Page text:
Saturday, November 17, 2007

WEEK OF October 29, 2007—Third Quarter Growth Robust

The U.S. economy is booming, in spite of the credit crunch. The ‘Advance’ estimate of third quarter GDP growth came in at 3.9 percent, higher even than Q2’s 3.8 percent and the best performance in the past 6 quarters. The Federal Reserve dropped its fed funds and discount rates another 0.25 percent on the same day, so that the Prime Rate is now 7.5 percent.

In spite of the good growth rate, the Fed’s quarter percent rate drop was far too timid for the job at hand. Third quarter foreclosures are up 40 percent over the second quarter in California alone, according to DataQuick Information Services. So interest rates have to come down further to ease the credit problems caused by the Fed’s rate increases of the past 2 years.

The Fed’s press release said that “economic growth was solid in the third quarter, and strains in financial markets have eased somewhat on balance. However, the pace of economic expansion will likely slow in the near term, partly reflecting the intensification of the housing correction.”

Yet the FOMC release added that the upside risks to inflation “roughly” balanced the downside risks to growth. Such wording usually means the Fed is done with any more rate reductions for the present. This is even though the Congressional Budget Office estimates that a possible 2,000,000 subprime loan holders may lose their homes nationwide through 2008!

Six Southern California Counties had 13,314 foreclosures in July, August Sept., versus just 1,960 foreclosures in the third quarter of 2006. They are particularly pervasive in San Bernardino and Riverside counties, the working-class exurbs of Los Angeles and Orange County, and the fastest-growing counties in the state.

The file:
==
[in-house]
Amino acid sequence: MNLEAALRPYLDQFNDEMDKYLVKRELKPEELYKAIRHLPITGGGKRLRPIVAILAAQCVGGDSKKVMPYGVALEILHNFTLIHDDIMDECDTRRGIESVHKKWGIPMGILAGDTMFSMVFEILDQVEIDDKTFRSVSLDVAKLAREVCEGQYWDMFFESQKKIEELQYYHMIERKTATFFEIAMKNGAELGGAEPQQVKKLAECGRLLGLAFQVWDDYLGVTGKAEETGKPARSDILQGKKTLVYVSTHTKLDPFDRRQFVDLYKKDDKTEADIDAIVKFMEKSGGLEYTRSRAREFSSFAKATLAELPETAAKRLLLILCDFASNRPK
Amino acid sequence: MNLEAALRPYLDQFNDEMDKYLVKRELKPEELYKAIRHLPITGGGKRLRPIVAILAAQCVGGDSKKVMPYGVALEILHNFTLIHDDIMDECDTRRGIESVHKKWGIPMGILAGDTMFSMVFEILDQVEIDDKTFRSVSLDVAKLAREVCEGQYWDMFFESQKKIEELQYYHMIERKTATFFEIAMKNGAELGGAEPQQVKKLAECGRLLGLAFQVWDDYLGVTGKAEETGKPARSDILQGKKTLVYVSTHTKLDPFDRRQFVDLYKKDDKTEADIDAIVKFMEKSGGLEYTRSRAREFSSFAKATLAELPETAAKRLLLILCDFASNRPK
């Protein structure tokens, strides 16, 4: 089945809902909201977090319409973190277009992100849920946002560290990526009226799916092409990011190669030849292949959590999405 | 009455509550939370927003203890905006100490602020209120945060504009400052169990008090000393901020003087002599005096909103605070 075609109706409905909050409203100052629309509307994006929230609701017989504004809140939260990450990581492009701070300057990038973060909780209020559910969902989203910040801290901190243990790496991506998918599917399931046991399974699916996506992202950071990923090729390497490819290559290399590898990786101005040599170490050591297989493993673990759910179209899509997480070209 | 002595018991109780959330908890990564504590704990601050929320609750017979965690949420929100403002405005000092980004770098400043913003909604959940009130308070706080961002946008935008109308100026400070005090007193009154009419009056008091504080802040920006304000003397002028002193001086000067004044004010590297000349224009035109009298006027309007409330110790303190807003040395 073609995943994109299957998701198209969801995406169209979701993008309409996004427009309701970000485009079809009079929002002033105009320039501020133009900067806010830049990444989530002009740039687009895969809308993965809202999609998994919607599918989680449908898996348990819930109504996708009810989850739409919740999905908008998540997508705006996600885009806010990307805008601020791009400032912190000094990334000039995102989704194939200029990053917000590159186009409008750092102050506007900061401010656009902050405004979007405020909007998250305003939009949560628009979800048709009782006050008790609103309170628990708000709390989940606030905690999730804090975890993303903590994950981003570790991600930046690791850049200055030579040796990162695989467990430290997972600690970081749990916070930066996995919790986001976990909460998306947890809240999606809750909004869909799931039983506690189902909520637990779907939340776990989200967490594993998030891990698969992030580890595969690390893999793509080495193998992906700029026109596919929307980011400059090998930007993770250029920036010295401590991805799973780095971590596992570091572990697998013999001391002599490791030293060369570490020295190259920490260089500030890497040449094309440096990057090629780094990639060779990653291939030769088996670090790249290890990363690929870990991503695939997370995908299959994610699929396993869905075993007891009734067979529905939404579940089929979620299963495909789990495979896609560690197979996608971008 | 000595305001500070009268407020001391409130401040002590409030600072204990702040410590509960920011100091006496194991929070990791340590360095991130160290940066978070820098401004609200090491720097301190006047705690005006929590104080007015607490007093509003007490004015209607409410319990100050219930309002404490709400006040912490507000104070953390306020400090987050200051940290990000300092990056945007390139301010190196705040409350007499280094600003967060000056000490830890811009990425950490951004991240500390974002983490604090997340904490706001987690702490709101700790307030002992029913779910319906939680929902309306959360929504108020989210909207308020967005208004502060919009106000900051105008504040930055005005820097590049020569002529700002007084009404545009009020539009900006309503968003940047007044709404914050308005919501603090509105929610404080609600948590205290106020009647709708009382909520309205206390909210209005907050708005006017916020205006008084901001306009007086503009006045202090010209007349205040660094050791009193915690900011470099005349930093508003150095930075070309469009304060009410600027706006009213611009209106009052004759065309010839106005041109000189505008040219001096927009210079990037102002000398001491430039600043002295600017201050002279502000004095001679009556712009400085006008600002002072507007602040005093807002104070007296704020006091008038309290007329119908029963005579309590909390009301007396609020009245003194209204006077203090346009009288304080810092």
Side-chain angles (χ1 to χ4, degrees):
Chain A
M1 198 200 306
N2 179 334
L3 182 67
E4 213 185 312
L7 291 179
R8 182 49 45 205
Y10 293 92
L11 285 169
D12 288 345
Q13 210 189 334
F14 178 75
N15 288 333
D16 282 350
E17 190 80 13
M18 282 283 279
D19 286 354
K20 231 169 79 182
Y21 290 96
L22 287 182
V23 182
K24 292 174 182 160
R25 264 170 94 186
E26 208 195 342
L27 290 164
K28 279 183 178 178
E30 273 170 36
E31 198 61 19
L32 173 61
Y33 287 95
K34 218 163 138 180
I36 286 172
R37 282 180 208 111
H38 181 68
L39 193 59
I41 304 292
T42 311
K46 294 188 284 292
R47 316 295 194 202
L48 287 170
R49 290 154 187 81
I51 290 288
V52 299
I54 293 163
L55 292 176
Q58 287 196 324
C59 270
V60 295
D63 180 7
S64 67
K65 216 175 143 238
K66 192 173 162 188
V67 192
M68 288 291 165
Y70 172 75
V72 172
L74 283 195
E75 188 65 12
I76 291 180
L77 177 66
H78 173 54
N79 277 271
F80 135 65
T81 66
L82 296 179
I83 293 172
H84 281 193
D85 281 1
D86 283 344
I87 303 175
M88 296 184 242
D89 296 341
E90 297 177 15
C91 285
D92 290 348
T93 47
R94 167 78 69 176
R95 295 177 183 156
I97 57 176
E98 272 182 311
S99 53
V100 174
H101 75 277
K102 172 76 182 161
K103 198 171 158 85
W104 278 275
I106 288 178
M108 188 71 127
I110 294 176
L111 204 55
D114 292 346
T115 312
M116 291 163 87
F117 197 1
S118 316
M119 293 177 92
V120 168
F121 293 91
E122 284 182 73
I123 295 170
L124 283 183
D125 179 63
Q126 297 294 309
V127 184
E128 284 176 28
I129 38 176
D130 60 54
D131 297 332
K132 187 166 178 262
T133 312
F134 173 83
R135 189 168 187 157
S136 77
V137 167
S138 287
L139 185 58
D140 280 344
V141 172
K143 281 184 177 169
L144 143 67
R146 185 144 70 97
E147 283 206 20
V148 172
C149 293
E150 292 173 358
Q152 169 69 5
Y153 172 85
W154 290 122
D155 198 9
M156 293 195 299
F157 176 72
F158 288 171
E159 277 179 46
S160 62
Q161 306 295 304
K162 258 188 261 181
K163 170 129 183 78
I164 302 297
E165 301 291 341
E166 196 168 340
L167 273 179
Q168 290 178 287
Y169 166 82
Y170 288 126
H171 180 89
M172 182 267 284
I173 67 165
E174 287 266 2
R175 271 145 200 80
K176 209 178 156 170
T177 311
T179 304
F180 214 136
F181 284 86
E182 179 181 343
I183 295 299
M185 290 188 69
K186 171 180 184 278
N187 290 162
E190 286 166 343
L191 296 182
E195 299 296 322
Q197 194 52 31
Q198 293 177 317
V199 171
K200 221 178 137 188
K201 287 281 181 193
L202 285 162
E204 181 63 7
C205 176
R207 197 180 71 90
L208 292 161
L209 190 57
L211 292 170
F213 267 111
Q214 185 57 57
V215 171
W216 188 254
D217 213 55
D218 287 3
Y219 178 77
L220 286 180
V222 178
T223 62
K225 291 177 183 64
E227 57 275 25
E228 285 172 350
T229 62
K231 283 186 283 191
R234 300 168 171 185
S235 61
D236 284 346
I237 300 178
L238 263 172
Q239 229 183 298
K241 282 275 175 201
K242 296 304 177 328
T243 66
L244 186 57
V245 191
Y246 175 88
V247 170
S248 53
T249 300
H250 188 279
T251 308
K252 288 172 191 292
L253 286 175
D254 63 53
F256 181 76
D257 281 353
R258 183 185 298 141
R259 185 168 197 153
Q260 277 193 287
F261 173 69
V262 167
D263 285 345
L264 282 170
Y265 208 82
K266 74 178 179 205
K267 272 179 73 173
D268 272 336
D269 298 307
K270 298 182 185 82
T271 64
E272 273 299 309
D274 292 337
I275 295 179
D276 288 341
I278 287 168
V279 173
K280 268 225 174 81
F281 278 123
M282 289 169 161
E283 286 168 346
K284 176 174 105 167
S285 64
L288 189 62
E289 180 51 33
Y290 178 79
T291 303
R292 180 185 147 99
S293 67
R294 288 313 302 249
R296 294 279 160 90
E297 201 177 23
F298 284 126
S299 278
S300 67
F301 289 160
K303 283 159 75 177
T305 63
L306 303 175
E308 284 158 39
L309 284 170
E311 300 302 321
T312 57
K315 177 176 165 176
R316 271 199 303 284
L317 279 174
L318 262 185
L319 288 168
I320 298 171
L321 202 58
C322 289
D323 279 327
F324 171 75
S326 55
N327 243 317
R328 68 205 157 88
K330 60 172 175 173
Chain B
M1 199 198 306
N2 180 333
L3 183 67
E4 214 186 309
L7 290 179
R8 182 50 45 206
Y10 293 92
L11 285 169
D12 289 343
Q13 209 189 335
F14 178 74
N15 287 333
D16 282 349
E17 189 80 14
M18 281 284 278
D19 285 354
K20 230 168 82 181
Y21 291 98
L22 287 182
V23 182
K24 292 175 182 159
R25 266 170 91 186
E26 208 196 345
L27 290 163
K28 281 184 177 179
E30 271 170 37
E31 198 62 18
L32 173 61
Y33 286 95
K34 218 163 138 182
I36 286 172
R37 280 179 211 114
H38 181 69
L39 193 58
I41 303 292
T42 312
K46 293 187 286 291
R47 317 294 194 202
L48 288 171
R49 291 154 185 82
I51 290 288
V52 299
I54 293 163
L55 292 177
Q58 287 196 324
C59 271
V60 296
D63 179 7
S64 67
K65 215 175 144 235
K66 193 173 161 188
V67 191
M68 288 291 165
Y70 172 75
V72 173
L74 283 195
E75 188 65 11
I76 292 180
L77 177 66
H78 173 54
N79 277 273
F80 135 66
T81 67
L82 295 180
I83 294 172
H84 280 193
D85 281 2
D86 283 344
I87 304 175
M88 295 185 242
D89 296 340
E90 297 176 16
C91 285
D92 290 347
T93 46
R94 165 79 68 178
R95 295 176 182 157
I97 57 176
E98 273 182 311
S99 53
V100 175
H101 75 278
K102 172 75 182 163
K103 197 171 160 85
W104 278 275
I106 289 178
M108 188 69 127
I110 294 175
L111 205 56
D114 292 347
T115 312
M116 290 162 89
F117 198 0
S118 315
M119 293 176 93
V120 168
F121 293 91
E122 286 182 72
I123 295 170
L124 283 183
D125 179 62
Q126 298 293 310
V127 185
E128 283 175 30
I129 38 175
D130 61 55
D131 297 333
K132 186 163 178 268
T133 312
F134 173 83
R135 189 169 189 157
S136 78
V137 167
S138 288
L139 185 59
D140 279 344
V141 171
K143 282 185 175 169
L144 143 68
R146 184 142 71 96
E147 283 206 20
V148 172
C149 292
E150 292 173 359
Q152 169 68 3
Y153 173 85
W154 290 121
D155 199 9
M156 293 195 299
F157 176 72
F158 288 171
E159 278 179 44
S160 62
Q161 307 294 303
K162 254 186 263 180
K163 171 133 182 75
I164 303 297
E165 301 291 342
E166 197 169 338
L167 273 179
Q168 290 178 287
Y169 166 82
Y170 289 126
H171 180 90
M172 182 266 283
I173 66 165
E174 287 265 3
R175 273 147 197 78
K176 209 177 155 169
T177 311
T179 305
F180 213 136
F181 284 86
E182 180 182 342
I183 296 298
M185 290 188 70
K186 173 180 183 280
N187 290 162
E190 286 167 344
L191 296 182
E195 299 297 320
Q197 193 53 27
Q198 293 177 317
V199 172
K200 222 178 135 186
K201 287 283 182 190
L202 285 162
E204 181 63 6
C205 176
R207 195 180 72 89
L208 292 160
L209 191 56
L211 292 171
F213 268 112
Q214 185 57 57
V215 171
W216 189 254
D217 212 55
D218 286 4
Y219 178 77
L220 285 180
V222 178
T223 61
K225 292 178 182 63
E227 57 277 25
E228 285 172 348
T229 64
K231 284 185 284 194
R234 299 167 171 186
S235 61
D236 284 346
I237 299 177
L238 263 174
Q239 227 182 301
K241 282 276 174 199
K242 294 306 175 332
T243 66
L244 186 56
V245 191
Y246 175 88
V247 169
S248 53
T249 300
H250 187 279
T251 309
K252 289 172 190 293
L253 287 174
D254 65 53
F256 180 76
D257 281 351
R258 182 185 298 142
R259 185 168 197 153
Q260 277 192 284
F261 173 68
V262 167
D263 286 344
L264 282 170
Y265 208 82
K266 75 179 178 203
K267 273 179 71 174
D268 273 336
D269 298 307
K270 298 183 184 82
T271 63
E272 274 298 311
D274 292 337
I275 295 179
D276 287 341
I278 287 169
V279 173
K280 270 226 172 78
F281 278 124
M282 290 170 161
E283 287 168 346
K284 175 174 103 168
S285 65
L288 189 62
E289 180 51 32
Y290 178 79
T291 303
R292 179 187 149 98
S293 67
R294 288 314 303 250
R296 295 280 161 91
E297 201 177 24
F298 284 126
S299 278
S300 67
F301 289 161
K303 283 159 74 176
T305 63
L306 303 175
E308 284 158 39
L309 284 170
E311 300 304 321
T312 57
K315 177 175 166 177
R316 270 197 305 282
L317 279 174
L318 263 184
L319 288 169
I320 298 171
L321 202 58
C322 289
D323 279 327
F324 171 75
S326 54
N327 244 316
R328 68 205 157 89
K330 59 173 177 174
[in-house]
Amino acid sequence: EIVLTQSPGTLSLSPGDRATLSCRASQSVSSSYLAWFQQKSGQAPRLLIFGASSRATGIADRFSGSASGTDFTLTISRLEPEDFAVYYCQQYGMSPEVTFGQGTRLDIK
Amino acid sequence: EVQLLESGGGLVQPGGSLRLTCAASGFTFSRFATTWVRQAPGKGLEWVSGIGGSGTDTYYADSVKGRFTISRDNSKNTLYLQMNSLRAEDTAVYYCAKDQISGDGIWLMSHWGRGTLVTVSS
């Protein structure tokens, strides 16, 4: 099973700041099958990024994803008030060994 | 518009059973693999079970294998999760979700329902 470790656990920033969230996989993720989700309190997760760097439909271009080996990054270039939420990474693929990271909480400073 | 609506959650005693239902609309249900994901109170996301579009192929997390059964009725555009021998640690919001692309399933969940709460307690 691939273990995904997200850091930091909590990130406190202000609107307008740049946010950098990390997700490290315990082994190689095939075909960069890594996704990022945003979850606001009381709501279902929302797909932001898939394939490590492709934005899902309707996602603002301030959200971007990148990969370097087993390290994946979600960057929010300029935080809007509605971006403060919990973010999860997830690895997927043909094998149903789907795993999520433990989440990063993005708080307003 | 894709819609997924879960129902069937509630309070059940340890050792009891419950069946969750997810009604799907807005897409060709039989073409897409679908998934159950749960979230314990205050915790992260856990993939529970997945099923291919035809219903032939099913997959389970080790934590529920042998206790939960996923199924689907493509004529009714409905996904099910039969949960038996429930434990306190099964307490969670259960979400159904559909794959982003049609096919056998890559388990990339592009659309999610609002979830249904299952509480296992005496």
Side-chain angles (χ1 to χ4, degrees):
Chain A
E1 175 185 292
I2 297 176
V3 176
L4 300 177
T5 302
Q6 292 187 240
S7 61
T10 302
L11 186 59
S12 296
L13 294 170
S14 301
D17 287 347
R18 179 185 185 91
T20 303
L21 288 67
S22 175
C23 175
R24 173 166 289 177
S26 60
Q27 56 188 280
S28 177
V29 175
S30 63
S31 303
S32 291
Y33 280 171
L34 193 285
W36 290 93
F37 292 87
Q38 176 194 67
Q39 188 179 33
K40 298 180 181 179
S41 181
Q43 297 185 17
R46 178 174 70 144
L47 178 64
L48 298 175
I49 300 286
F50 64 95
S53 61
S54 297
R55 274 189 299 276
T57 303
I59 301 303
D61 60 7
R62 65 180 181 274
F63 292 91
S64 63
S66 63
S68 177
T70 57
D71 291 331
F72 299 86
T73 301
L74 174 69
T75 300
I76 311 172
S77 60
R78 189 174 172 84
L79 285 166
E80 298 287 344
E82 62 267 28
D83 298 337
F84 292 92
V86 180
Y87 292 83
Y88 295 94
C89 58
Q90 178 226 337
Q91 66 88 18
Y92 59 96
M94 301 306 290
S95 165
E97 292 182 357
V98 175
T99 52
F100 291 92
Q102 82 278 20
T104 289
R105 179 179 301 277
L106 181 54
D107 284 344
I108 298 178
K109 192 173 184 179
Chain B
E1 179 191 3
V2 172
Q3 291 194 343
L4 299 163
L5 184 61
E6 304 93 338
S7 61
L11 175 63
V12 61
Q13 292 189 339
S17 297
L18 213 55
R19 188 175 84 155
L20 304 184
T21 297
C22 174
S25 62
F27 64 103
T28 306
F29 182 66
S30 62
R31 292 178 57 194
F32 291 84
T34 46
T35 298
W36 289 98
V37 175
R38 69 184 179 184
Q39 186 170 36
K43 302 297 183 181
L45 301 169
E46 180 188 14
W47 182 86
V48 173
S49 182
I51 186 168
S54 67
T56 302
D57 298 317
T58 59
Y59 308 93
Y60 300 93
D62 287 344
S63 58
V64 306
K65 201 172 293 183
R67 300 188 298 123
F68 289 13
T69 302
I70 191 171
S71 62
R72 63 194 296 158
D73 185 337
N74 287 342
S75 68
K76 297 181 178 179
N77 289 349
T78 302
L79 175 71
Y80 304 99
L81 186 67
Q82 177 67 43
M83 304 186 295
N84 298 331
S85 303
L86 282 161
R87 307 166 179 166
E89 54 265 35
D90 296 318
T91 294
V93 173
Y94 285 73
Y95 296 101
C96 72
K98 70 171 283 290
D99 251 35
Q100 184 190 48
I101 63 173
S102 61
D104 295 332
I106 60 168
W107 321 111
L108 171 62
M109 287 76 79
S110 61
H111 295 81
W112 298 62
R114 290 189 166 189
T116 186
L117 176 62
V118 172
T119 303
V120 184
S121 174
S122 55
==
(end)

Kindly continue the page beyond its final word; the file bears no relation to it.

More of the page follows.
But overall, the surge in economic activity has easily outweighed the effects of the credit crunch to date. Business investments and exports led the way, growing 7.9 and 16.2 percent per year, respectively, in Q3. Disposable, or after tax, income grew a whopping 4.4 percent, which seems to be fuelling consumer spending. So-called real final sales—after inflation and inventory expansion are taken out—rose 3.5 percent. And yet inflation, via the GDP price index, rose just 1.6 percent, versus 3.8 percent in the second quarter.

Meanwhile, residential investment (ie, new-home construction) is “nowhere near a historic low”, according to the Economic Policy Institute—in fact, it remains close to the post-1979 average of 4.6 percent,. Though housing inventories are at historic highs, new-home construction would have to drop by another one-third—to 3 percent of GDP growth—to approach its historic low last reached in 1991. But new-home construction rose 4.8 percent in Sept., and inventories shrank to an 8.3-month supply.

The GDP price index assesses the costs of all goods and services produced domestically. So where is the inflation with the index so low, and why is the Fed so worried about it? That is the mystery, and why we believe they will in fact continue to lower rates come Dec. 11, the last meeting of the year.

Copyright © 2007

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